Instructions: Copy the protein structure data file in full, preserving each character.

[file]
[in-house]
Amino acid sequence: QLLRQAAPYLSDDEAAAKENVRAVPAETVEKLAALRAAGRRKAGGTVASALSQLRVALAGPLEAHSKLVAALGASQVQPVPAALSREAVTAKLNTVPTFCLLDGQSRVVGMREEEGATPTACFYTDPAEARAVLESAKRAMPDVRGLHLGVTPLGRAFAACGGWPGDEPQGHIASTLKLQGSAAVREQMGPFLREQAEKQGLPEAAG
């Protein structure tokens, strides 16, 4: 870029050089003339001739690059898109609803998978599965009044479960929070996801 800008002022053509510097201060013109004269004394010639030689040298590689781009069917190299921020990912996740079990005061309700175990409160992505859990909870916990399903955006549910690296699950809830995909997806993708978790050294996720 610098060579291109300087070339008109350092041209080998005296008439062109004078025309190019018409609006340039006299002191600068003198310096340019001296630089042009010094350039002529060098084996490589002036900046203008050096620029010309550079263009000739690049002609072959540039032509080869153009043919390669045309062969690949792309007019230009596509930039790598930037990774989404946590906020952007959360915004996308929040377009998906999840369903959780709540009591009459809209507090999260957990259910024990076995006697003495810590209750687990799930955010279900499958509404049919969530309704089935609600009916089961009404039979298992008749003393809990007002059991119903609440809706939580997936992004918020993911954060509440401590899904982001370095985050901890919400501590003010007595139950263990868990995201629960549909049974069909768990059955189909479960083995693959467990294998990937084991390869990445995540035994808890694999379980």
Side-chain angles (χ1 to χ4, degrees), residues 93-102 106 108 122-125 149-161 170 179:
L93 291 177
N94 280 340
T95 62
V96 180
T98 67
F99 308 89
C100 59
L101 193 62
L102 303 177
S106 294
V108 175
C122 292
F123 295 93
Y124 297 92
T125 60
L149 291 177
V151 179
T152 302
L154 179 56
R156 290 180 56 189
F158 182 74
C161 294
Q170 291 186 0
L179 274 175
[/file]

[in-house]
Amino acid sequence: QLLRQAAPYLSDDEAAAKENVRAVPAETVEKLAALRAAGRRKAGGTVASALSQLRVALAGPLEAHSKLVAALGASQVQPVPAALSREAVTAKLNTVPTFCLLDGQSRVVGMREEEGATPTACFYTDPAEARAVLESAKRAMPDVRGLHLGVTPLGRAFAACGGWPGDEPQGHIASTLKLQGSAAVREQMGPFLREQAEKQGLPEAAG
């Protein structure tokens, strides 16, 4: 870029050089003339001739690059898109609803998978599965009044479960929070996801 800008002022053509510097201060013109004269004394010639030689040298590689781009069917190299921020990912996740079990005061309700175990409160992505859990909870916990399903955006549910690296699950809830995909997806993708978790050294996720 610098060579291109300087070339008109350092041209080998005296008439062109004078025309190019018409609006340039006299002191600068003198310096340019001296630089042009010094350039002529060098084996490589002036900046203008050096620029010309550079263009000739690049002609072959540039032509080869153009043919390669045309062969690949792309007019230009596509930039790598930037990774989404946590906020952007959360915004996308929040377009998906999840369903959780709540009591009459809209507090999260957990259910024990076995006697003495810590209750687990799930955010279900499958509404049919969530309704089935609600009916089961009404039979298992008749003393809990007002059991119903609440809706939580997936992004918020993911954060509440401590899904982001370095985050901890919400501590003010007595139950263990868990995201629960549909049974069909768990059955189909479960083995693959467990294998990937084991390869990445995540035994808890694999379980």
Side-chain angles (χ1 to χ4, degrees), residues 93-102 106 108 122-125 149-161 170 179:
L93 291 177
N94 280 340
T95 62
V96 180
T98 67
F99 308 89
C100 59
L101 193 62
L102 303 177
S106 294
V108 175
C122 292
F123 295 93
Y124 297 92
T125 60
L149 291 177
V151 179
T152 302
L154 179 56
R156 290 180 56 189
F158 182 74
C161 294
Q170 291 186 0
L179 274 175